While industry views are still to some extent mixed on the desirability and necessity of interchangeability as a separate standard to biosimilarity in the US, the designation brings valuable prizes for successful applicants in the form of pharmacy-level substitution as well as a year of interchangeable biosimilar exclusivity for the first interchangeable biosimilar version of each product, dating from commercial launch of the interchangeable biosimilar. (Also see "Biosimilar Interchangeability: A Blessing Or A Curse?" - Generics Bulletin, 9 Jul, 2021.)
In Viatris’ case, the launch of the interchangeable insulin glargine biosimilar – which followed some months after approval, in November (Also see "First Interchangeable Biosimilar Launched In US" - Generics Bulletin, 16 Nov, 2021.) – offers the opportunity to build on the relatively low market share captured so far by the non-interchangeable version of Semglee, which is due to be rapidly phased out.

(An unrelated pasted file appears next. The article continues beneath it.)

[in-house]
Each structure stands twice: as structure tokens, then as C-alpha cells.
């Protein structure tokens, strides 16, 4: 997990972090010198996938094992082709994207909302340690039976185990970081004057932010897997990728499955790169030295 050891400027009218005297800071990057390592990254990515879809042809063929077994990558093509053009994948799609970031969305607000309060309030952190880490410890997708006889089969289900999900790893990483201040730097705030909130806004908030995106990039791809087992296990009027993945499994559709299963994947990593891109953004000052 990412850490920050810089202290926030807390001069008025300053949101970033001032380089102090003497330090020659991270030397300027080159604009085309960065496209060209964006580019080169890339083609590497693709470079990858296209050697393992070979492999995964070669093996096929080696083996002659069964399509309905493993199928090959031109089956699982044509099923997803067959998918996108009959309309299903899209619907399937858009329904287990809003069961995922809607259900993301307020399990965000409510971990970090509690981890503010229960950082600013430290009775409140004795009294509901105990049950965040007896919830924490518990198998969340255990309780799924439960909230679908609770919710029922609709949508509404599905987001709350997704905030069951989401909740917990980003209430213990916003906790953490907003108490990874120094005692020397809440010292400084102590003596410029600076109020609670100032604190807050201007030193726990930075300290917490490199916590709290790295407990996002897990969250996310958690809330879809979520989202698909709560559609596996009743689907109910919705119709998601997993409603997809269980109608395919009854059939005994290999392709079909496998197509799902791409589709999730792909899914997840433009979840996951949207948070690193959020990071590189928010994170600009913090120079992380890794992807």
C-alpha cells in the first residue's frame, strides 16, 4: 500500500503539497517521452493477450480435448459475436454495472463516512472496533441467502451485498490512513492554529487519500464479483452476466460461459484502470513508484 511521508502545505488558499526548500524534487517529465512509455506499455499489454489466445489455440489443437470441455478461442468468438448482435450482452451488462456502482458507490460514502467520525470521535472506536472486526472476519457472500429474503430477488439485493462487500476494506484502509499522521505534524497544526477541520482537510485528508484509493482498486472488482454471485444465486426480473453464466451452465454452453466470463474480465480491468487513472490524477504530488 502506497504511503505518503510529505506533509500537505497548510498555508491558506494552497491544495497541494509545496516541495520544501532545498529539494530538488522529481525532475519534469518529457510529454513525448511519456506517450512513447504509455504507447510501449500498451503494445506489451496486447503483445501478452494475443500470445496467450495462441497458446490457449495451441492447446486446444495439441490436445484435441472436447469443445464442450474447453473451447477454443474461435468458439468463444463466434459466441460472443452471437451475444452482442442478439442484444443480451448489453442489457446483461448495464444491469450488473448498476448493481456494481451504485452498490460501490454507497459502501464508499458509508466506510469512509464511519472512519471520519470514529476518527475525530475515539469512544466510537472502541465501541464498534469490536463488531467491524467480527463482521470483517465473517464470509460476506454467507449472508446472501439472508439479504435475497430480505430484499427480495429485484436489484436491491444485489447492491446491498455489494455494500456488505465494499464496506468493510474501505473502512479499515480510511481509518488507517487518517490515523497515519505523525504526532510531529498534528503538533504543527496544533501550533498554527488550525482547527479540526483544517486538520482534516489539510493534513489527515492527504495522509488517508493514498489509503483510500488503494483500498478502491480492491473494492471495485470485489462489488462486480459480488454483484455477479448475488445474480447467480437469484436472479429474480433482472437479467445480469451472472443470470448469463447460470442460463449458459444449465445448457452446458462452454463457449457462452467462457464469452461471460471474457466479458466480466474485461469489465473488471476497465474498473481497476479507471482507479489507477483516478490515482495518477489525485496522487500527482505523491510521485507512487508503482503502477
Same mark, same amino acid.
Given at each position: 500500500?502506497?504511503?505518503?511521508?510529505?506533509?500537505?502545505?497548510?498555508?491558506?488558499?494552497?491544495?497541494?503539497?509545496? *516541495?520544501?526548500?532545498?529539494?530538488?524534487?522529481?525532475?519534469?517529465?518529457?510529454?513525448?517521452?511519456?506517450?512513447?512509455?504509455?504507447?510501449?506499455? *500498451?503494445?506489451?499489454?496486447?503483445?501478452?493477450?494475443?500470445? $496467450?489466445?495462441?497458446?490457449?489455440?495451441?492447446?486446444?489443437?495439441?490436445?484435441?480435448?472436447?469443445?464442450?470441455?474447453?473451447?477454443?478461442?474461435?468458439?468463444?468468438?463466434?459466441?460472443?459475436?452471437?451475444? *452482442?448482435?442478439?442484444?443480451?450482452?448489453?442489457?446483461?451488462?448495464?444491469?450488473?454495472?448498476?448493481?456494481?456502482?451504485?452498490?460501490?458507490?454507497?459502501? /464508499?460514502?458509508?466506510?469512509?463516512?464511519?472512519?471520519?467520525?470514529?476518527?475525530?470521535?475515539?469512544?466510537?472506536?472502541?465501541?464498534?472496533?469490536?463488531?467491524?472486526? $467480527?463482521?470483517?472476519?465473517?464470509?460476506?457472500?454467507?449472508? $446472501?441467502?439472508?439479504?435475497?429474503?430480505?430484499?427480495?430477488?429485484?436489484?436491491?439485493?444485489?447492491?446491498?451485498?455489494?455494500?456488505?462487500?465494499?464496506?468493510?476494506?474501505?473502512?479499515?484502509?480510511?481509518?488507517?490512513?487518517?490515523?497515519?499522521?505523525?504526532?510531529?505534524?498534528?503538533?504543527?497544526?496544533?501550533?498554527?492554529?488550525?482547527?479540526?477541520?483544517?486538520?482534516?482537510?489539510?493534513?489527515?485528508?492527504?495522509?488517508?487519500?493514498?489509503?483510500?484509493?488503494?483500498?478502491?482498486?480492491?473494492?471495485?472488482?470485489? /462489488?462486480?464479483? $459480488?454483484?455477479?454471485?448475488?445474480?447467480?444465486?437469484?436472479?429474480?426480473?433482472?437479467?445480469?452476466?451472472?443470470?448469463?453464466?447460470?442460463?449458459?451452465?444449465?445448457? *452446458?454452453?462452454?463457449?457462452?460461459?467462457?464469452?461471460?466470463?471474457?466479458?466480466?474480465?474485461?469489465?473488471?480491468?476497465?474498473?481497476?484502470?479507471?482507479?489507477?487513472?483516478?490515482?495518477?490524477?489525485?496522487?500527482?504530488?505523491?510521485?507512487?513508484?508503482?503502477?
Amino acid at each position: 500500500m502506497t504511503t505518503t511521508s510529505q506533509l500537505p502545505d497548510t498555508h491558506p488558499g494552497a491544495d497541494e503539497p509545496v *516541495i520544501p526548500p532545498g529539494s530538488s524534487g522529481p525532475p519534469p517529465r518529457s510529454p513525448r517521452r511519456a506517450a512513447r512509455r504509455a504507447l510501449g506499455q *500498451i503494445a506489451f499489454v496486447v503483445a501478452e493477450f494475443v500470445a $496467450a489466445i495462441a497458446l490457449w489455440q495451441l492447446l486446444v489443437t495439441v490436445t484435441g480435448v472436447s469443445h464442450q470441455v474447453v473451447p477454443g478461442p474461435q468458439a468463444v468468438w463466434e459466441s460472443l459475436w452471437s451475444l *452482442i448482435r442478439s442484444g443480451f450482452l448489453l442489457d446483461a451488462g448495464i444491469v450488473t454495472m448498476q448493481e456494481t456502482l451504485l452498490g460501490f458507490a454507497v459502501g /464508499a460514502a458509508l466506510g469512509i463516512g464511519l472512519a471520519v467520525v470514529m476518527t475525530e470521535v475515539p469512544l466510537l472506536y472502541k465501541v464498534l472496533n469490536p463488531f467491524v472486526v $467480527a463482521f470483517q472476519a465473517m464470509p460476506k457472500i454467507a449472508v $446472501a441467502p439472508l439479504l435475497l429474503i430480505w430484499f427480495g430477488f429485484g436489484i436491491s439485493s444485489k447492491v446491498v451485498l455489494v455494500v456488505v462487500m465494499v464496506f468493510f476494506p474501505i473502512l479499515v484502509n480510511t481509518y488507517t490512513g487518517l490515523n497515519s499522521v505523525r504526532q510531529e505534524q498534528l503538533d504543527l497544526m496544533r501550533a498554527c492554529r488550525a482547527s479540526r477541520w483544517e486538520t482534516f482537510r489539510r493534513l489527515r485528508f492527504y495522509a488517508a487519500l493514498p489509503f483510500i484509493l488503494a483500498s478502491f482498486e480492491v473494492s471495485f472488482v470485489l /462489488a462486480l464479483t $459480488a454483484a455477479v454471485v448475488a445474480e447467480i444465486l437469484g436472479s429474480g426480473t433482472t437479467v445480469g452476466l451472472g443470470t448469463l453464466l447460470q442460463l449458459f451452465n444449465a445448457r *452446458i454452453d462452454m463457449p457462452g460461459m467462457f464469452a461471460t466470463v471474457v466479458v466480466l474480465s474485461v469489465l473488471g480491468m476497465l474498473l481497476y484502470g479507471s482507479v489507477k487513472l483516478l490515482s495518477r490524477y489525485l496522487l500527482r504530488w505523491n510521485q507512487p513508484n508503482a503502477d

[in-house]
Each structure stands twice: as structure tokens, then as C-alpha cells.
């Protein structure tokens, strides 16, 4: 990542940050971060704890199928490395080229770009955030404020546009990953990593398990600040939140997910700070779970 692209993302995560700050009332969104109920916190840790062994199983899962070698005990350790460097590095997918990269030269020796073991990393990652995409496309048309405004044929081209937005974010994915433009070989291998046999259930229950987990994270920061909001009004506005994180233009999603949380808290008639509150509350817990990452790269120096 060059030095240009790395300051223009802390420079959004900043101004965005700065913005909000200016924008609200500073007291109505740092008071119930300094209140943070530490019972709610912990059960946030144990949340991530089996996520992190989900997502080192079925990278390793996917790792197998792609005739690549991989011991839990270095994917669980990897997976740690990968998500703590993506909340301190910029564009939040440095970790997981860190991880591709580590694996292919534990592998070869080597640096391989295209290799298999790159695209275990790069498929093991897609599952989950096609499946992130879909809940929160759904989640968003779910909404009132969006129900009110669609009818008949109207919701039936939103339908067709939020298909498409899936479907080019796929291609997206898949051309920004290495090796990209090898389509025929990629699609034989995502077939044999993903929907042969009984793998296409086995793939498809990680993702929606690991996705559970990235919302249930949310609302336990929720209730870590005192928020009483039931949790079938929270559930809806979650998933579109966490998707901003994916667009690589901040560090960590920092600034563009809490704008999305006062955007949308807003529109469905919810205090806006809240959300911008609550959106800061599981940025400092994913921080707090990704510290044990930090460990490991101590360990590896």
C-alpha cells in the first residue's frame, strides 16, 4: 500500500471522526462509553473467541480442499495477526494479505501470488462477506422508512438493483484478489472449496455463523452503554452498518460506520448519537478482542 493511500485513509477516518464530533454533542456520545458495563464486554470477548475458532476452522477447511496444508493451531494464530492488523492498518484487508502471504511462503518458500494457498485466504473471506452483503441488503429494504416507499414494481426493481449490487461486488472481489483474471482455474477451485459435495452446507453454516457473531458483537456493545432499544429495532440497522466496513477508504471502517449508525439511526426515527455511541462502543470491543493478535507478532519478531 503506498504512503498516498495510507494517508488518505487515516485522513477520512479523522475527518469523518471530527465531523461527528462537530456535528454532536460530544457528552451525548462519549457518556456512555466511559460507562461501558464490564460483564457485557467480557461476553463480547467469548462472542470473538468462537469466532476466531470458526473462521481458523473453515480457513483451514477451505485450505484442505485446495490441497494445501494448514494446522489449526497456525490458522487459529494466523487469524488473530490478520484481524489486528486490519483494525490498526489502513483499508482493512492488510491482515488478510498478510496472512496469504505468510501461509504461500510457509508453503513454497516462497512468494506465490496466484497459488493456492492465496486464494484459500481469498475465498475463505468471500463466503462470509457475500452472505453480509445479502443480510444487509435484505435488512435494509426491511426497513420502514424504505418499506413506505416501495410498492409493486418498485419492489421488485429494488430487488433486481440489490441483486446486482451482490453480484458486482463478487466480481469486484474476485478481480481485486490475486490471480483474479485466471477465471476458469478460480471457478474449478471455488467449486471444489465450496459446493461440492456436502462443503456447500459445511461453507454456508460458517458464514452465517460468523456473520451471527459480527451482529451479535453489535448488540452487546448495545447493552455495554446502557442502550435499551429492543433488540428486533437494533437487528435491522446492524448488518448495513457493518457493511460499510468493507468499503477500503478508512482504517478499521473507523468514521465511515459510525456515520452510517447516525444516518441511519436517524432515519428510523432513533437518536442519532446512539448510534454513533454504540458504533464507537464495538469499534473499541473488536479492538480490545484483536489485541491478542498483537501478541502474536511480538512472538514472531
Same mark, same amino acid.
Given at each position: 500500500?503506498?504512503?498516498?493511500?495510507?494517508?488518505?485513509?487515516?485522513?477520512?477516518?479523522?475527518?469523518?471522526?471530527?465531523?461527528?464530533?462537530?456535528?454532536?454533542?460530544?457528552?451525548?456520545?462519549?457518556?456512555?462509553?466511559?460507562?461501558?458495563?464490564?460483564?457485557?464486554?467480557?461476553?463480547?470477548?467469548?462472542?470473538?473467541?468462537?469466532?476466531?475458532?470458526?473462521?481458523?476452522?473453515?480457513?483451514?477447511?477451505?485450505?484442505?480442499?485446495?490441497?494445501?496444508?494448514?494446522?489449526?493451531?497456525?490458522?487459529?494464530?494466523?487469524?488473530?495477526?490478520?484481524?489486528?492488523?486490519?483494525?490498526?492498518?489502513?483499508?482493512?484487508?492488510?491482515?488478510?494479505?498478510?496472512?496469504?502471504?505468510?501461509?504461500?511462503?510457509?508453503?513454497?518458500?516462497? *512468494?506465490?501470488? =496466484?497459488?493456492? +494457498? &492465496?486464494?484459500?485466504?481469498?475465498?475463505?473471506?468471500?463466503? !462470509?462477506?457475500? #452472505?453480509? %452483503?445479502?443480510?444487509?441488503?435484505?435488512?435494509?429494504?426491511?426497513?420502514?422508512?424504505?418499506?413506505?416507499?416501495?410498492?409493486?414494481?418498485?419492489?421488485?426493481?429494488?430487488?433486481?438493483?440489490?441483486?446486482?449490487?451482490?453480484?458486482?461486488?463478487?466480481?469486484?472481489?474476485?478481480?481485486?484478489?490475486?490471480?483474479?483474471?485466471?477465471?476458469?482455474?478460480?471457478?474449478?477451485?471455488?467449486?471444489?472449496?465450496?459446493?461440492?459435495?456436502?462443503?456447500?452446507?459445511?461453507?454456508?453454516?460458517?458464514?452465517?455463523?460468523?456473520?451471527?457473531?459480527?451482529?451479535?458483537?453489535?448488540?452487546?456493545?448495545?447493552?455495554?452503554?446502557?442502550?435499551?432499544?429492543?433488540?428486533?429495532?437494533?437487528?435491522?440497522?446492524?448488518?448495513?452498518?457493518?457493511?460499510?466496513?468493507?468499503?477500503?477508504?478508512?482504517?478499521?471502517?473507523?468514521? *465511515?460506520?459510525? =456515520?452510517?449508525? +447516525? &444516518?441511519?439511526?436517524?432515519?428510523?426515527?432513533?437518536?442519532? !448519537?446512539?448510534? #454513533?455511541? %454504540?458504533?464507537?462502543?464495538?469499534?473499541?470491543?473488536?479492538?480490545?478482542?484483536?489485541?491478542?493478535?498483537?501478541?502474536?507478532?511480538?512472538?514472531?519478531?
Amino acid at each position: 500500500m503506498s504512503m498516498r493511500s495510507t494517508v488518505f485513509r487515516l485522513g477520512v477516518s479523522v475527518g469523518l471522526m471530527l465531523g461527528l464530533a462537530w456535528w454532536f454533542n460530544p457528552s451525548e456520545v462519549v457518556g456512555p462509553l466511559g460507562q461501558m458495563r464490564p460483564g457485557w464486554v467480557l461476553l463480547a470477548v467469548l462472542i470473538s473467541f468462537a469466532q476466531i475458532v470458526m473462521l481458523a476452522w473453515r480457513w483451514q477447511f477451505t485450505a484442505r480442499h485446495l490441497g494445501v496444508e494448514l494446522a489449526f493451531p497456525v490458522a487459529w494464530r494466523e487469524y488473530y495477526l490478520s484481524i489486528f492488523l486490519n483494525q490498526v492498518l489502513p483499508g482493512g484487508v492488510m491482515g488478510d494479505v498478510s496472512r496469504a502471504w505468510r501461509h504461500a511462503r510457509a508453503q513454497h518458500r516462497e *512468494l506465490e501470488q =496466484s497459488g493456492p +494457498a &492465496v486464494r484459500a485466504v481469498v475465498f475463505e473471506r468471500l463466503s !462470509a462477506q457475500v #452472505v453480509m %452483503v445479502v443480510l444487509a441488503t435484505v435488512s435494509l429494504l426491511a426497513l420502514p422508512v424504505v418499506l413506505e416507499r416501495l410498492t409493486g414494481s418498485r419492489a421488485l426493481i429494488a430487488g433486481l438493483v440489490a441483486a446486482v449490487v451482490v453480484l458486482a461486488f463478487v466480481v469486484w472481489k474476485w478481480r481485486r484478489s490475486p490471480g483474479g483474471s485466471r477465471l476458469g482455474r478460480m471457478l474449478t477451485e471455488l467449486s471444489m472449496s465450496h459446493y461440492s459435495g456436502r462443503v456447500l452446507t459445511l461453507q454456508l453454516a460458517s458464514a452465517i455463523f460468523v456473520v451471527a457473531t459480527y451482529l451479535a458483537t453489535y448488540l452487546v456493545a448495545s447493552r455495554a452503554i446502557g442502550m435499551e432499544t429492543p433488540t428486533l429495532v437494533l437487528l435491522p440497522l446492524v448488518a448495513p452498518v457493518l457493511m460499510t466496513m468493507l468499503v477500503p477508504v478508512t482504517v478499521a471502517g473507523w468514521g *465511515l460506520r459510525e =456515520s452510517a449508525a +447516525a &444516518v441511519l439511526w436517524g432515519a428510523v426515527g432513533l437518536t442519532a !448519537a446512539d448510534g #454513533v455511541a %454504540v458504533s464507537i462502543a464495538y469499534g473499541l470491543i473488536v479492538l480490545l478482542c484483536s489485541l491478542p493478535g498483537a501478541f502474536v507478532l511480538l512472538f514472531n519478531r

The company has also taken the step of launching the interchangeable biosimilar in both branded and unbranded versions, with the unbranded version offered at a wholesale acquisition cost of $147.98 for a pack of five 3ml pens and $98.65 per 10ml vial, representing a 65% discount to the list price of Lantus.
Meanwhile, the branded version of interchangeable Semglee comes in at a price that is a lot closer to the reference brand, with a WAC of $404.04 per pack of five 3ml pens and $269.38 per 10ml vial. (Also see "Viatris CEO Talks Integration, Roadmap And Interchangeable Biosimilars" - Generics Bulletin, 22 Nov, 2021.)
Humira Gets First Interchangeable Biosimilar Approval
Semglee was not the only biosimilar to be formally designated as interchangeable by the FDA in 2021. Several months later, in mid-October, the agency announced that Boehringer Ingelheim was to be the second recipient of an interchangeability designation, for its Cyltezo (adalimumab-adbm) rival to Humira.
The biosimilar – which was initially approved by the FDA in August 2017 – is currently scheduled to be among a chasing pack of Humira biosimilars that are expected to hit the US market in 2023, after Amgen launches its Amjevita (adalimumab-atto) version at the beginning of the year, under a series of settlement deals between biosimilar sponsors and originator AbbVie.